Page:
"I want something that doesn't break down," said the lady in the red sweater when I asked her what she coveted on the Detroit Auto Show floor.

"Oh," I replied, rather expecting the answer to be the drop-dead gorgeous, Holy-Mother-of-Pearl Ford GT supercar that had been a one-car mob scene since the doors opened to the public.

"My husband's Toyota Camry has 293,000 thousand miles on it and has never had a problem," she continued indignantly. So who's counting? She is. "My Chrysler minivan has 150,000 and it's in the shop. Again."

Another Camry customer is born.

Red's answer is proof that auto shows aren't just fashion runways. They are also giant showrooms for folks who are in the market. They come to ogle the supermodels. The latest designer trends. Flying buttresses on the GT! Twelve LED headlights in the NSX! But then visitors will track down the cars that fit their lifestyle. Compare them. Try them on.

This year Ford's stand leads with strength. Literally. The place has so much muscle it practically reeked of testosterone. Ford's supercar was the biggest bodybuilder in a gym full of big biceps showing off the Dearborn automaker's new performance division. Mustang GT350 R. F-150 SVT Raptor. Like Hulk Hogan at a pro wrestling autograph signing, the athletes were mobbed by adoring groupies.

Ford can do performance in its sleep. The history of the Ford GT alone will bring competitors to their knees. Winner of LeMans in 1966. And then in 1967, 1968, and 1969. Fifty years later, a new, 600 plus-horsepower GT that sounds like Godzilla gargling razor blades has its sights set on further French conquests.

At the Toyota stand, the Japanese automaker also wants to flex its new muscles. The Lexus RC F GT3 racing concept is the luxury brand's first venture into serious GT racing. But its oiled pecs were largely ignored by showgoers. The FS-1, a delicious sports car on a Lazy Susan, got more respect. But performance cred is earned. Let us know when you win LeMans, boys.

But front and center in the Toyota display was a bank of Camrys. They welcomed visitors like . . . like what?

A beautiful hostess at a downtown restaurant? Naw. Despite the midsize sedan's much-ballyhooed facelift this year, it's hardly a head-turner.

A geriatric greeter at Wal-Mart? Nope. The Camry may be plain on the outside, but its hybrid technology is cutting edge.

A row of shiny TVs at Costco? Bingo.

The Camry is a pleasant, colorful, affordable appliance. That never breaks down.

Camry can do reliability in its sleep. It sets the tone for a smart brand that attracts people who need transportation. Like Red. Let the motorheads (guilty as charged) daydream about Ford GTs. Most folks want something that gets them from A to B without detours to the shop. Americans are a friendly tribe, but we don't want to know our mechanic on a first name basis.

For all of its performance cred, Ford covets Toyota's reliability rep. The Blue Oval's jaw-dropping performance and styling (Ford's Aston – er, Fusion – is George Clooney next to the Camry's Steve Carell) draw customers to showrooms. But reliability is what keeps them coming back. Ford boasts slinky supercars that can fly at 200 mph for 24 hours, but Toyota excels at vanilla sedans you can flog 200,000 miles for 24 years.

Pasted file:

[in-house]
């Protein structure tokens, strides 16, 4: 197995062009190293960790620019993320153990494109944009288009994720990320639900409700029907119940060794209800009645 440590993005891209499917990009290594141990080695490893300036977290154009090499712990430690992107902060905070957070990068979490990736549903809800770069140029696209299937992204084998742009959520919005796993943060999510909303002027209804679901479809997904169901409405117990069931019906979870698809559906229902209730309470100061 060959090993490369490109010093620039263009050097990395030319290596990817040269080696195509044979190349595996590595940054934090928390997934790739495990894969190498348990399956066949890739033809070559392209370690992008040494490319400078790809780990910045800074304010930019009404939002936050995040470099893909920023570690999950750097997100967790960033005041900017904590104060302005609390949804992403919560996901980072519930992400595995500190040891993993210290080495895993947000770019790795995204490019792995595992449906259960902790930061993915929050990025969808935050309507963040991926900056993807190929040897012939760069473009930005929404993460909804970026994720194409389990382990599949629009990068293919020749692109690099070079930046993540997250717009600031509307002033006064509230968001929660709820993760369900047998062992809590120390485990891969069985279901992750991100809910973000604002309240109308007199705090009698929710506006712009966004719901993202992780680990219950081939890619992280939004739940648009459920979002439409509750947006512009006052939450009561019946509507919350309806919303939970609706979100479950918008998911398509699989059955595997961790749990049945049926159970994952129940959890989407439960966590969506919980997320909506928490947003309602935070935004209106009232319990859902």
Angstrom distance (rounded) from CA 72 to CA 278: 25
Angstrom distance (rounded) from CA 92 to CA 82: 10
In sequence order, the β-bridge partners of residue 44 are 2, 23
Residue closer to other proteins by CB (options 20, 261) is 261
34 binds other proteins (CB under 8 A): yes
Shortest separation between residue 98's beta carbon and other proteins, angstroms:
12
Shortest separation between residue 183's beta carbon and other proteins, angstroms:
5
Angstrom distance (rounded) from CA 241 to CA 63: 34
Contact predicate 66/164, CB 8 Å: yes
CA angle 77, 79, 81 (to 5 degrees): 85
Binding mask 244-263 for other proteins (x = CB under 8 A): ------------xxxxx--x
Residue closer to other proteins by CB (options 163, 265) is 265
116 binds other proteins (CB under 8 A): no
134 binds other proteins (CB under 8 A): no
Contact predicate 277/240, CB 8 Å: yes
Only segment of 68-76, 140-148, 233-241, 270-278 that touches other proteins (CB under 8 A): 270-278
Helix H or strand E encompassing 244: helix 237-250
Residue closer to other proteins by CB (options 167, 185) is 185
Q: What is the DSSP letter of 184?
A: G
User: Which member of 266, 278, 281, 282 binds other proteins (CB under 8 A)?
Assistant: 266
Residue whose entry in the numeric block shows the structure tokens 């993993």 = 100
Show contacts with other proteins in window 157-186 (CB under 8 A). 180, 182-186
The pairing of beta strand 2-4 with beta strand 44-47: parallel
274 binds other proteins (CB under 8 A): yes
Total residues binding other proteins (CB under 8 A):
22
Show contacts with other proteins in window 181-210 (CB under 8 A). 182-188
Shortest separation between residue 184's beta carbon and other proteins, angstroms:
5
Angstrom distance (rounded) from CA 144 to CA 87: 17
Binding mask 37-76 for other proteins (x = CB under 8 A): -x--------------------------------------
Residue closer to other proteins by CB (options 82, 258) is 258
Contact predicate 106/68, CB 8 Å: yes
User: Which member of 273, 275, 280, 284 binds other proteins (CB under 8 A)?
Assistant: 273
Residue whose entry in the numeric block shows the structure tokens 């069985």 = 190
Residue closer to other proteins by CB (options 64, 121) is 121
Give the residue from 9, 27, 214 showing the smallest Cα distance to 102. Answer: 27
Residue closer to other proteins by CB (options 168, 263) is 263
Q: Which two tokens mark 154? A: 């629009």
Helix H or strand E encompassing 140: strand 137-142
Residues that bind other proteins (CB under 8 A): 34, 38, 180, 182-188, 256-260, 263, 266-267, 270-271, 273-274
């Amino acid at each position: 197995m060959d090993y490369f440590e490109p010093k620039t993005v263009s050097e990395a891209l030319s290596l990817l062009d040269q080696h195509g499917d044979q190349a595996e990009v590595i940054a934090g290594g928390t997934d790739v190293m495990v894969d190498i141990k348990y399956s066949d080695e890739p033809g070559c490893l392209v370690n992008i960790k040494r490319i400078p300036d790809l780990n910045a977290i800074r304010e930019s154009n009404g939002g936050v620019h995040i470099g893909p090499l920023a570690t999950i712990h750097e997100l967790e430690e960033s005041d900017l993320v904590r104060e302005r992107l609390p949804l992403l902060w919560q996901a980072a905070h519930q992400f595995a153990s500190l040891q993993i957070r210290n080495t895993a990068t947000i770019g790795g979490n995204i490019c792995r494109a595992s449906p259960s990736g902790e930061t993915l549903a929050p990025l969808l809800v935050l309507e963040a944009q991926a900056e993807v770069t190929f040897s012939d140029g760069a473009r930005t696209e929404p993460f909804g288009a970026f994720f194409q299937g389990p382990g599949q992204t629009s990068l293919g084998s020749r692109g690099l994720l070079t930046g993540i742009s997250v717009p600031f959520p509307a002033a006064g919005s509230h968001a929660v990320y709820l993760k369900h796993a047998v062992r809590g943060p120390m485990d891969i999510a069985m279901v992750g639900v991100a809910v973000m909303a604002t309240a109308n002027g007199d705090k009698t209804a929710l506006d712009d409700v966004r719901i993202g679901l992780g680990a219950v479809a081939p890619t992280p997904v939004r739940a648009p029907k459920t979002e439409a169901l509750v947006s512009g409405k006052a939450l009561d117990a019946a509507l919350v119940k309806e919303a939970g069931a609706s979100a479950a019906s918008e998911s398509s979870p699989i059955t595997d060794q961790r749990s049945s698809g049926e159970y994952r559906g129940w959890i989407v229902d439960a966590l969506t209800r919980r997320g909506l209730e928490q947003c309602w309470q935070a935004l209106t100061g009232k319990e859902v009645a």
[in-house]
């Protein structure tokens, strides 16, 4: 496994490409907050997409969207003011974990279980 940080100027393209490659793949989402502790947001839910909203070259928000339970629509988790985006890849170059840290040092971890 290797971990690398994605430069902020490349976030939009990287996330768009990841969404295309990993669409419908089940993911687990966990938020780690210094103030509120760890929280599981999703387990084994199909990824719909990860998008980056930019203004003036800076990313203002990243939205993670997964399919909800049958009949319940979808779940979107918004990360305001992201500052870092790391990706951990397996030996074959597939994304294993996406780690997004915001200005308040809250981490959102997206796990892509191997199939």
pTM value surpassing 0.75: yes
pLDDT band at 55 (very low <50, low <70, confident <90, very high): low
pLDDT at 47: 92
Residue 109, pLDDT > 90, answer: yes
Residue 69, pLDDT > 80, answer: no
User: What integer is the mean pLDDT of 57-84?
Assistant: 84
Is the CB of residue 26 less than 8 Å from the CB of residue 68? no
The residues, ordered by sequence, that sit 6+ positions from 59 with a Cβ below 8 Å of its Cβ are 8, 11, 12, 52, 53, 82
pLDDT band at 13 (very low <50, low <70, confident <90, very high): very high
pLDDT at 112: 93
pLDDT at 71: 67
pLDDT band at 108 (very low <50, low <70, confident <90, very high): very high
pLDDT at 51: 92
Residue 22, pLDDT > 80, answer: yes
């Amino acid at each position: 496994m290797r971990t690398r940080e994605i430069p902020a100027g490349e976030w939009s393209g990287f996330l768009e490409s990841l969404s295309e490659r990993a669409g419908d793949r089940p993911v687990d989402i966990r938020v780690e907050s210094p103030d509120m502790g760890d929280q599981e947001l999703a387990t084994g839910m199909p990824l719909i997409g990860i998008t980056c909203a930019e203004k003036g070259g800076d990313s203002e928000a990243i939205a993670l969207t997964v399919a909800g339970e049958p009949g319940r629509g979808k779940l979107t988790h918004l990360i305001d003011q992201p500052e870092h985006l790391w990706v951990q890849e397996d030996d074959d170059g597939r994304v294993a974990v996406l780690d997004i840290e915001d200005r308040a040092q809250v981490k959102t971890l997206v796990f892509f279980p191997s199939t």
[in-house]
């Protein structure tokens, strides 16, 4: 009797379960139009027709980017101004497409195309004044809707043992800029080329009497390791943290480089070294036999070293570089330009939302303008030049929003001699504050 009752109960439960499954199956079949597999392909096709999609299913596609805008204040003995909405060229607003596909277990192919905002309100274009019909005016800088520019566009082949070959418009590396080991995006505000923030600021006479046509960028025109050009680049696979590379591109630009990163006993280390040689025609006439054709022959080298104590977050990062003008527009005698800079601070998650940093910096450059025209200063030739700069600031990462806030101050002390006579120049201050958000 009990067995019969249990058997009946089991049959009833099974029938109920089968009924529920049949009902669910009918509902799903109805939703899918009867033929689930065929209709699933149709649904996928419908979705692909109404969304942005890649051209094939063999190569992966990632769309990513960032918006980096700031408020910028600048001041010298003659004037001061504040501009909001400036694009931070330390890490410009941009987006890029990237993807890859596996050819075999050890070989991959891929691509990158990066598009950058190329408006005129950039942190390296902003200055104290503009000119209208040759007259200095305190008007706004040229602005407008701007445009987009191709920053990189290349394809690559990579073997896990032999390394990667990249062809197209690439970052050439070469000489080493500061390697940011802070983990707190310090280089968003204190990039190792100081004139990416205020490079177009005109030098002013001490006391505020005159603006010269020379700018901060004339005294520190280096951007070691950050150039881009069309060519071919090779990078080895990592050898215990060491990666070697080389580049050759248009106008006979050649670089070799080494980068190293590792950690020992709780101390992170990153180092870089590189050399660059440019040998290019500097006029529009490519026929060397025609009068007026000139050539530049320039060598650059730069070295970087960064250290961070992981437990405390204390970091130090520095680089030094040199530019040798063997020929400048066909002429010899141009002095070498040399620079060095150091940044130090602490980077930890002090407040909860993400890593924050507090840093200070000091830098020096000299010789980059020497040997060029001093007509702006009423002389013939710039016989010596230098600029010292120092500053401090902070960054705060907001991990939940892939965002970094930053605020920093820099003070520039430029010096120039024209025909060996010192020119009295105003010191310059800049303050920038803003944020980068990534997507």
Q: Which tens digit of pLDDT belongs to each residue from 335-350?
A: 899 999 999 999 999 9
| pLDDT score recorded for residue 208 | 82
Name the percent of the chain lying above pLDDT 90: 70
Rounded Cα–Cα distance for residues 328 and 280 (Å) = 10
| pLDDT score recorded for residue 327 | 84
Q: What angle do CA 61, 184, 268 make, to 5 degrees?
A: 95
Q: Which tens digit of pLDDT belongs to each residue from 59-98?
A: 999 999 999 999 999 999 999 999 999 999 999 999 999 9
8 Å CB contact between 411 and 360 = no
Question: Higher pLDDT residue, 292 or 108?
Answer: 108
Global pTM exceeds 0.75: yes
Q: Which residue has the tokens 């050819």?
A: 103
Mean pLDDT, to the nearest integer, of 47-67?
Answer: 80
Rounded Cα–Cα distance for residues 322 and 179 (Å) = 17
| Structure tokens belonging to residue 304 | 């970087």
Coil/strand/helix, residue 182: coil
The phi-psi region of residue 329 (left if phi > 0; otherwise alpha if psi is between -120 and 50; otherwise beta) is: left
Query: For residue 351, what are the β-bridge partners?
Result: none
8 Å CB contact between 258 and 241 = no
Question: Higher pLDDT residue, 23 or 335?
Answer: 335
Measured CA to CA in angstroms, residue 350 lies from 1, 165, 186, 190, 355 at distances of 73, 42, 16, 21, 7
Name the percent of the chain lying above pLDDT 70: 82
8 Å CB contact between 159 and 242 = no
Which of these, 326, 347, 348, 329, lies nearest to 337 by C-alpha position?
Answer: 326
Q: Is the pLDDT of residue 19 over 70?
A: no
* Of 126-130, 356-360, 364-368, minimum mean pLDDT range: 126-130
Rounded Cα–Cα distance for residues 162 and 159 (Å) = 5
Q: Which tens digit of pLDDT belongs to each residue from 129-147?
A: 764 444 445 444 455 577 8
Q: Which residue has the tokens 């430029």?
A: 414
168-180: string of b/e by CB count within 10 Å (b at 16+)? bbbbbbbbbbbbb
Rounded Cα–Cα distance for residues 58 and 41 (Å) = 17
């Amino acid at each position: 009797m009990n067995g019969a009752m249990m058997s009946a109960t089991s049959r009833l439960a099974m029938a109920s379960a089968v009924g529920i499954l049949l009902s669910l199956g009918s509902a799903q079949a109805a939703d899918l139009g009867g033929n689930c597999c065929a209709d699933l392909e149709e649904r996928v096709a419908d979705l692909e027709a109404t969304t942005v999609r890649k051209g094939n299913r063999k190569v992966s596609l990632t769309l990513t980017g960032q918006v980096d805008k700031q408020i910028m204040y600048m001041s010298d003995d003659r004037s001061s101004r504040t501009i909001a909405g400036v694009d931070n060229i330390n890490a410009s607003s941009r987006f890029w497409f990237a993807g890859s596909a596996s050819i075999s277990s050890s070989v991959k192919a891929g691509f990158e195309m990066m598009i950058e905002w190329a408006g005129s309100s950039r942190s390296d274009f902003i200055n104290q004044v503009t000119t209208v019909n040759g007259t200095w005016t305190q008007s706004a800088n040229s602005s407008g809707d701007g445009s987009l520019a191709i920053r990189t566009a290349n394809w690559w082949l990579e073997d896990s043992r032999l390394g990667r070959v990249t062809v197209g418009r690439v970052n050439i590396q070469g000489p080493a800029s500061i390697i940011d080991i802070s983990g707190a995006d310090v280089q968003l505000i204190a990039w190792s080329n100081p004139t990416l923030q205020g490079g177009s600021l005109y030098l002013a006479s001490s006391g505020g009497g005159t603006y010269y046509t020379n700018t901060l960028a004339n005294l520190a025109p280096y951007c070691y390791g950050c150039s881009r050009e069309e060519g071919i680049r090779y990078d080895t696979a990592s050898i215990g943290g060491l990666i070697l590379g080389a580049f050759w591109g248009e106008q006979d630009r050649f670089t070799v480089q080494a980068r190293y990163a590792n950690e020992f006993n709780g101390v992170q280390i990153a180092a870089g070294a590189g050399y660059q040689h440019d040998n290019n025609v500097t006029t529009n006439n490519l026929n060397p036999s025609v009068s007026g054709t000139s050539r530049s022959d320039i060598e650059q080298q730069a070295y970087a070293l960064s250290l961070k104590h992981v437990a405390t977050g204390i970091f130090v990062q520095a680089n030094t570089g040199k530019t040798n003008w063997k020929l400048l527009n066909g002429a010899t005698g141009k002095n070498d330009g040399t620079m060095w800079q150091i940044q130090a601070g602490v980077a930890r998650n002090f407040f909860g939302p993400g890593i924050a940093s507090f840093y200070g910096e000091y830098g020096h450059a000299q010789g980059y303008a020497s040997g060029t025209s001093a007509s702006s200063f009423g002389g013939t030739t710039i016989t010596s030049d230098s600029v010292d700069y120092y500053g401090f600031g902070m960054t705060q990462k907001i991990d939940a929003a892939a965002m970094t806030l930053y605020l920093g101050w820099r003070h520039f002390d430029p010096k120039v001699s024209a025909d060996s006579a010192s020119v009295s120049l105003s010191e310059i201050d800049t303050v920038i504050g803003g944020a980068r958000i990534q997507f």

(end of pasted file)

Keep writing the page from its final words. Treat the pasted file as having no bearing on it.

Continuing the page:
On a flight back from Denver last year, a rental fleet manager told me a consistent complaint of customers is Ford's original Sync infotainment system. Its moods drove them batty. Ford fixed the problems with Sync 2.0. But it has to earn customers back that it lost to Toyota.

During auto show media week I was driving a new, $33k, 2015 Camry. Like my kitchen toaster, it did its job with relentless normalcy.

Its console was the right balance of touchscreen and dials. Its hi-tech safety features watched over me like an angel. Its roomy seats fit all sizes. Its four-banger engine ran like a top. And its Lassie-like reliability makes you forgive its shortcomings. The low-mounted seat heater dials you have to blindly fiddle with to get right. The cruise control stalk that hides behind the steering wheel begging to be confused with the turn signal. The hard chrome console bezel that chews at my leg.

Someday, Toyota will blitz LeMans and Ford will rule Consumer Reports. Until then, we'll drive our sexless Camrys to the auto show to ogle Ford GT beefcake.

Henry Payne is auto critic for The Detroit News. Find him at or Twitter @HenryEPayne.

2017 Ford GT

Vehicle type: Mid-engine, rear-wheel drive, two-passenger sports car

Price: $150,000 est.

Power plant: 3.5-liter, twin-turbo V-6

Power: 600-plus horsepower, 500-plus pound-feet of torque

Transmission: seven-speed, dual-clutch automatic

Performance: 0-60 mph, sub-3 seconds (no doubt)

Weight: TBA (expect a lightweight with carbon-fiber tub)

Fuel economy: TBA (and honestly, does it matter?)

Report card

Highs: Porn for autobuffs; Classic GT40 styling for the 21st c.

Lows: Might get you thrown jail


Grading scale





2015 Toyota Camry

Vehicle type: Front-engine, front-wheel drive, five-passenger sports car

Price: $23,795 base ($33,448 as tested)

Power plant: 2.5-liter DOHC 4-cylinder

Power: 178 horsepower, 170 pound-feet of torque

Transmission: Six-speed automatic

Performance: 0-60 mph, 7.9 seconds (Car & Driver)

Weight: 3,240 pounds

Fuel economy: EPA 25 city/35 highway/28 combined

Report card

Highs: Bone reliable; Confy interior proportions

Lows: Styling a cure for insomnia; Center console can chaffe long legs


Grading scale





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